I have been reading ‘The Name Of God Is Mercy’, the book containing the interview with Pope Francis. It makes for fascinating reading and reveals much about this present Pope.
Francis begins by speaking about why he wanted to proclaim the Extraordinary Jubilee of Mercy. He says the theme of mercy has been central to his Priesthood, as it is the most important message of Christ. He says –
“I believe that this is a time of mercy. The Church is showing her maternal side, her motherly face, to a humanity that is wounded.. I am ever more convinced of it, our era is (an era) of mercy”.
He goes on to speak about the works of his predecessors, referencing Pope John XXIII, Paul VI and – especially – Pope John Paul II, linking him in a special way to the Divine Mercy devotion, and citing his document, ‘Dives In Misericordiae’ (Rich In Mercy).
In speaking about what mercy means to him personally, Francis is very direct – “Mercy is God’s identity card.. this really is the Lord’s identity”. He goes on to speak of Priests he has known over the years who have been exemplars of mercy, and then speaks about why the world is so in need of mercy; “humanity is wounded”. He speaks of sin as a wound inflicted on all humanity and notes that some people have lost their sense of sin, while others have lost their sense of hope, of redemption.
The Holy Father then begins to speak about Confession, of how “Mother Church (is) called to dispense the mercy of Christ.. it is an encounter with mercy”. He speaks of how, in his own experience as a confessor, he has always sought that little crack into which the grace of God can pour itself, despite the near lock-down souls sometimes experience. That tiny little opening in the armour of the soul is enough, he says, and grace will do the rest. He gives advice to Priest confessors, as well as to penitents, explaining how the soul can make a good Confession, and telling what disposition allows the soul to see and receive mercy from God. He also says that the very awareness that we are sinners is, in itself, a grace from God.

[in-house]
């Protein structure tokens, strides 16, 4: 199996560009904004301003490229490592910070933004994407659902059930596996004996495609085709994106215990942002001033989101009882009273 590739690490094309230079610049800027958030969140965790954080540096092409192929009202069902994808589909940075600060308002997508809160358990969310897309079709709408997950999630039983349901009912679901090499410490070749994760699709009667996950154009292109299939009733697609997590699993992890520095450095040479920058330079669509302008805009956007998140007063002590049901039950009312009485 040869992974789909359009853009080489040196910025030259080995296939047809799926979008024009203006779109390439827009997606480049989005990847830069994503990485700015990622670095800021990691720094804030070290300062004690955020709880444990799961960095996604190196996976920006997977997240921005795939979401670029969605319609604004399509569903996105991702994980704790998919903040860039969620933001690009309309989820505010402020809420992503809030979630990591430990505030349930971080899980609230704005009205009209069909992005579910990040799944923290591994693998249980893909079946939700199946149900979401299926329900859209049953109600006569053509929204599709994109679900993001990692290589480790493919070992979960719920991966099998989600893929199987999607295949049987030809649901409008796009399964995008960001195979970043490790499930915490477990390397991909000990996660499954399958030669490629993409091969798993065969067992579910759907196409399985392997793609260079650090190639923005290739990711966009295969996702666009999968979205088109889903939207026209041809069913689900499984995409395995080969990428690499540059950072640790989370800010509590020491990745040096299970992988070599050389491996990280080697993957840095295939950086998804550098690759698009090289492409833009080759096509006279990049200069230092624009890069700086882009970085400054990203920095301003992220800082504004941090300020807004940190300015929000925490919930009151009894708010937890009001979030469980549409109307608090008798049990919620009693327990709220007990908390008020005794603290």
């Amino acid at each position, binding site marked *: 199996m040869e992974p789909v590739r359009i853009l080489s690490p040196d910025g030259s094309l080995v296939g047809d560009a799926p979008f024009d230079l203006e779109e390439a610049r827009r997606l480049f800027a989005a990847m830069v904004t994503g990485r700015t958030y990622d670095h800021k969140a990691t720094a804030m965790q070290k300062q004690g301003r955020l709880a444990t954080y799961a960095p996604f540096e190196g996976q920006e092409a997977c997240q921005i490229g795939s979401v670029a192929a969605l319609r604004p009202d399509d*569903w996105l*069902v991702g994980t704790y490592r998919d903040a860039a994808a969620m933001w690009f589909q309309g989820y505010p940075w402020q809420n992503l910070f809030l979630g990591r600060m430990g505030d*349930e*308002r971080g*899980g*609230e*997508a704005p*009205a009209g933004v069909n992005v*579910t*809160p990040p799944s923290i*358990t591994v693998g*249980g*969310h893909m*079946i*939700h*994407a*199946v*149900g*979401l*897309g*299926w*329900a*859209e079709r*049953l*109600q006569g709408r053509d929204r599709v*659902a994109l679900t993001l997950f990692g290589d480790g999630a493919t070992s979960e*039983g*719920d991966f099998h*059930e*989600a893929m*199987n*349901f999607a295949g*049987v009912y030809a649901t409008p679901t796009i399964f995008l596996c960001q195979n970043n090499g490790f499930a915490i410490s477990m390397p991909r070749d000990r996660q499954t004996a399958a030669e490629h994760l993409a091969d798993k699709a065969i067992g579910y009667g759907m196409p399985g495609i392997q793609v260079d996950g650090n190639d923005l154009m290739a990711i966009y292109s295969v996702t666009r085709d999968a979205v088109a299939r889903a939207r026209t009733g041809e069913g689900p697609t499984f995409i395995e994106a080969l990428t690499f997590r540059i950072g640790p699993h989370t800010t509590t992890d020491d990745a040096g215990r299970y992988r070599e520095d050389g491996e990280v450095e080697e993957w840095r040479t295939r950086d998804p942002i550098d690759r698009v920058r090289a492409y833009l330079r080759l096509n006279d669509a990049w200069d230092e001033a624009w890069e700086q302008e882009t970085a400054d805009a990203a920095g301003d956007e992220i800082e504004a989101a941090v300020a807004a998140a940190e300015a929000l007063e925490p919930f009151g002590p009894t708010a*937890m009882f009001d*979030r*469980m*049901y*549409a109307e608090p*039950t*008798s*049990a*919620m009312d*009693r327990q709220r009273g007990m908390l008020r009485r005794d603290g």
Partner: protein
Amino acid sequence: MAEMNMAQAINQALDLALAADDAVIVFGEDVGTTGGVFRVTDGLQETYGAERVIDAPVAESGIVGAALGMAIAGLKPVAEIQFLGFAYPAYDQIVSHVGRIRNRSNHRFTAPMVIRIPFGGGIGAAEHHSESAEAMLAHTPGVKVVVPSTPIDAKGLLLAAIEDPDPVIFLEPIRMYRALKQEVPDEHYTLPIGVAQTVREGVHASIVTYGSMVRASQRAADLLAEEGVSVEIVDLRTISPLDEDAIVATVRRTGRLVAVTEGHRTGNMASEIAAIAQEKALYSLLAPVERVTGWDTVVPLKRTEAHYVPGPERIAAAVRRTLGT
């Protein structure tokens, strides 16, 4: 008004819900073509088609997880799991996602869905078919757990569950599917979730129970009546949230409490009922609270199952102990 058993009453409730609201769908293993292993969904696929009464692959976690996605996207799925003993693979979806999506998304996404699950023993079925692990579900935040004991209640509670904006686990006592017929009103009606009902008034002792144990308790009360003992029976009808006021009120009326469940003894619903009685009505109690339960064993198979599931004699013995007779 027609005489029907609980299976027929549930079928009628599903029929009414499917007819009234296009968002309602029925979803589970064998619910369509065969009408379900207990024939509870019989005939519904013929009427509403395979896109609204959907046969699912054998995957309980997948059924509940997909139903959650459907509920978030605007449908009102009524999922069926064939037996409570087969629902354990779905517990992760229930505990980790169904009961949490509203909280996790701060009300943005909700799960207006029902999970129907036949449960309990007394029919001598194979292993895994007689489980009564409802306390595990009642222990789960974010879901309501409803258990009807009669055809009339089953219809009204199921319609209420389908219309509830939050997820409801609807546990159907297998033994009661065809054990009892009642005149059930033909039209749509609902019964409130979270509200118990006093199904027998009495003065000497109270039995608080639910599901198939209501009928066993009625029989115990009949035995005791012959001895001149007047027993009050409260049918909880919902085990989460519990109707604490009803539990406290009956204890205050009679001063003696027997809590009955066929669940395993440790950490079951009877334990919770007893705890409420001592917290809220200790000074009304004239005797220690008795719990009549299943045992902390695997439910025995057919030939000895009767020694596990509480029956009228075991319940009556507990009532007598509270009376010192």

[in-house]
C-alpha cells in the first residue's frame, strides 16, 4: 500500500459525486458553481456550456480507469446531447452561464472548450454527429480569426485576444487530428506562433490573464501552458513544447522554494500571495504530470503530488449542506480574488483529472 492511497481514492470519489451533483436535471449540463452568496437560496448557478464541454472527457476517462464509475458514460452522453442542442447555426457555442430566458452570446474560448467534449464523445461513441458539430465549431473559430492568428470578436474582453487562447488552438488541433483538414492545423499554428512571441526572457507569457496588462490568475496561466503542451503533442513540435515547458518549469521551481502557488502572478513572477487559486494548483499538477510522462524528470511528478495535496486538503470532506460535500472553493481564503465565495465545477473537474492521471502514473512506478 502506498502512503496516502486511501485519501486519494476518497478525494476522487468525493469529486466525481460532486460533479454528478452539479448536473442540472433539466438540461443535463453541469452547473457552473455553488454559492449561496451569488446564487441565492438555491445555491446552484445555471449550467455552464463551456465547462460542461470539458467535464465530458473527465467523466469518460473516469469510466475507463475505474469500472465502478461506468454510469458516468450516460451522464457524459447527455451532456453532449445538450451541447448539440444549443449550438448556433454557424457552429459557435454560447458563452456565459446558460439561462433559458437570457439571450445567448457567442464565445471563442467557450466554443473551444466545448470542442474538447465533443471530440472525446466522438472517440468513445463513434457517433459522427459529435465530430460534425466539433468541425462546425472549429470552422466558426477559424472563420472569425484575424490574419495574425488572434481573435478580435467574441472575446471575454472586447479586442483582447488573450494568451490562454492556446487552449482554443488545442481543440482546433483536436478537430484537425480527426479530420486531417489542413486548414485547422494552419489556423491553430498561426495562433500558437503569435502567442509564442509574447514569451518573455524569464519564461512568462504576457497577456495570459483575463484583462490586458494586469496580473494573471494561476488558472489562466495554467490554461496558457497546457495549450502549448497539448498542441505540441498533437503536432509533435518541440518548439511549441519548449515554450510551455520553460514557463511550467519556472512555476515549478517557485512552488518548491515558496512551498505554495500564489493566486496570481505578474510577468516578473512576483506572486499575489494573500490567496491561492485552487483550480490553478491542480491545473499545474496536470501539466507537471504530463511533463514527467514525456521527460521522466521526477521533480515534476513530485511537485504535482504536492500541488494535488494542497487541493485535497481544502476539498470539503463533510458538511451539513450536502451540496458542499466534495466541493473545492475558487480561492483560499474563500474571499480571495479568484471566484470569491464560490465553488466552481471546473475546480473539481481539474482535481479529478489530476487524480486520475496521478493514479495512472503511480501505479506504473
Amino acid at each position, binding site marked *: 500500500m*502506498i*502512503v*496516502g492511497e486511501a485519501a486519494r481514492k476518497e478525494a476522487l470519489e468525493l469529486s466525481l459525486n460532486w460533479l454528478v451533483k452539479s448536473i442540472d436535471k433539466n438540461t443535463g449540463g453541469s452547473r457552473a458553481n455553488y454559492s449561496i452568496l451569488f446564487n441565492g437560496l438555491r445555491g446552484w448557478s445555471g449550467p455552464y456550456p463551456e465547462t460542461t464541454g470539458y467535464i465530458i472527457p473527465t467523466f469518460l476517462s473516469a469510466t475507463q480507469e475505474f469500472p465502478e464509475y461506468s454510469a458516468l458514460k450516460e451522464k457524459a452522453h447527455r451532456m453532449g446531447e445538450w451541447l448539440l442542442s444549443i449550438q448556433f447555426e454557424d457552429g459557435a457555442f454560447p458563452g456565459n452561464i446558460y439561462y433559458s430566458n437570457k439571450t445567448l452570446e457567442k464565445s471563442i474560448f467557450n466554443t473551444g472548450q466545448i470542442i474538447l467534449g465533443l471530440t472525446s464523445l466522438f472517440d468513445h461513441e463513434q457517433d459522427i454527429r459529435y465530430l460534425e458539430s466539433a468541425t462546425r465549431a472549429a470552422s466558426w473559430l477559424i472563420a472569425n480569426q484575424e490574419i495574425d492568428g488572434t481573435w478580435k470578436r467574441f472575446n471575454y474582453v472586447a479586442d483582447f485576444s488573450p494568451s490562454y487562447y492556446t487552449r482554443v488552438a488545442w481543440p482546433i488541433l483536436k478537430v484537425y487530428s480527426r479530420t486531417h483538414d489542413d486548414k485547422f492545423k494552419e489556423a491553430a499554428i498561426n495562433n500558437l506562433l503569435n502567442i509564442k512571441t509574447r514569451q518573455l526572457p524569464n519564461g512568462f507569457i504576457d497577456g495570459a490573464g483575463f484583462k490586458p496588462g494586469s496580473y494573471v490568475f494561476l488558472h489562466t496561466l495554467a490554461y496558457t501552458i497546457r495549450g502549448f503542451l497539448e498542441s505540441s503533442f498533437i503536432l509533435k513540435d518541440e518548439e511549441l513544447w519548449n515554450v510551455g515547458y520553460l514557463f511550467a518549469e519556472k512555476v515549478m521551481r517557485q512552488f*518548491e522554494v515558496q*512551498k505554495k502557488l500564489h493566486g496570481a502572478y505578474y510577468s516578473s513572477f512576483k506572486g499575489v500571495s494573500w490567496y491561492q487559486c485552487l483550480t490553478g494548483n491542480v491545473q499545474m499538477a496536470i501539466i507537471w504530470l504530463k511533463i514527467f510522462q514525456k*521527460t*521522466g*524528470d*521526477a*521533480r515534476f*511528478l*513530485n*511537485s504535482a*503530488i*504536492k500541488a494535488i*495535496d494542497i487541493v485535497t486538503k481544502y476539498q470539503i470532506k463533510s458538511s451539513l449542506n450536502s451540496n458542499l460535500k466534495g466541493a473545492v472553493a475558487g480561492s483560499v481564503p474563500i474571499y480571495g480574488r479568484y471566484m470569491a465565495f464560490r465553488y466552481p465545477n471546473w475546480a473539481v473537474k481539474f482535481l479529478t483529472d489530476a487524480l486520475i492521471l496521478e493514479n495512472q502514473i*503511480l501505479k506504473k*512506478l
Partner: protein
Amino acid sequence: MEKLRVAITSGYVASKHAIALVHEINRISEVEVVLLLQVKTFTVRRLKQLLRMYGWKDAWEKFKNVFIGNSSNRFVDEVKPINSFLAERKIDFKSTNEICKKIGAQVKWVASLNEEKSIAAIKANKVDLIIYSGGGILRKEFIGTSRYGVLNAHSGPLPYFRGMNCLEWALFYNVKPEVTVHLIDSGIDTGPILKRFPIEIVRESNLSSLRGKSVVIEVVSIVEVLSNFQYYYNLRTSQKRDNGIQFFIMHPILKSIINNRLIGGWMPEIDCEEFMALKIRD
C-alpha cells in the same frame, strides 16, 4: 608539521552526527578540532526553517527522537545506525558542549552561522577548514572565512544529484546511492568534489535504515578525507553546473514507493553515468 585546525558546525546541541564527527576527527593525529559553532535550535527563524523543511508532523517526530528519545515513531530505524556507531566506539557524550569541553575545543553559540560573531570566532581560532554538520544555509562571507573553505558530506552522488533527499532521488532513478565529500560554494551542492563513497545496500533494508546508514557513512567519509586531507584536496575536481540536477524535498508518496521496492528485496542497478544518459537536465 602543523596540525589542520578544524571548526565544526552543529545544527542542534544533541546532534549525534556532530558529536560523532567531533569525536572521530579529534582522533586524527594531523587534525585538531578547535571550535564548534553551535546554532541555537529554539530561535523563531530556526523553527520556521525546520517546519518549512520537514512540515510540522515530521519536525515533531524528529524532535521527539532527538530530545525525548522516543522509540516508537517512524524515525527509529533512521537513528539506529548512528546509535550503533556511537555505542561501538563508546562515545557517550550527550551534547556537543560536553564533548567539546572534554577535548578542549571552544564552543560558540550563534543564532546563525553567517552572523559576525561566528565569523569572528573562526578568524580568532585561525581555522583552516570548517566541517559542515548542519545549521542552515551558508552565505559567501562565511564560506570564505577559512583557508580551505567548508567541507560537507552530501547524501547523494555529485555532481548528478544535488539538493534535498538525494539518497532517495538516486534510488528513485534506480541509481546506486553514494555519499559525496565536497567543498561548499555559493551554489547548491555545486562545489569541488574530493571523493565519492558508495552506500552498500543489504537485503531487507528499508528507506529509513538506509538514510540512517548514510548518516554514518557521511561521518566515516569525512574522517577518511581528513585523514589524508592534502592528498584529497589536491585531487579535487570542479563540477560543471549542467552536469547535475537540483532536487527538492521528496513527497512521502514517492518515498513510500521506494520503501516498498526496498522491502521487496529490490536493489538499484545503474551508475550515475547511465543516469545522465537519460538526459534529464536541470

An interesting point made by Pope Francis in the book, is that “the place where my encounter with the mercy of Jesus takes place is my sin”. He says we express this idea in the Exultet of Easter night, where we sing of ‘o happy fault’ which allowed the Redemption to take place.
Expanding this topic, the Pope then speaks about why we are sinners – “because of original sin” – and how our sinfulness wounds all humanity. Responding to a question about whether there can be ‘too much mercy’, the Pope notes that the mercy of God is superabundant; if the Son of God can lay down His life for sinners, then it is unlikely that we can be ‘too merciful’. He reminds us that “the Church does not exist to condemn people but to bring about an encounter with the visceral love of God’s mercy”.
The book really is a fascinating read and it reveals a great deal about how Pope Francis thinks. It also reveals his intellect and broad sources of reference – clearly, he is a very well-read man, as well as a very experienced Priest and human being.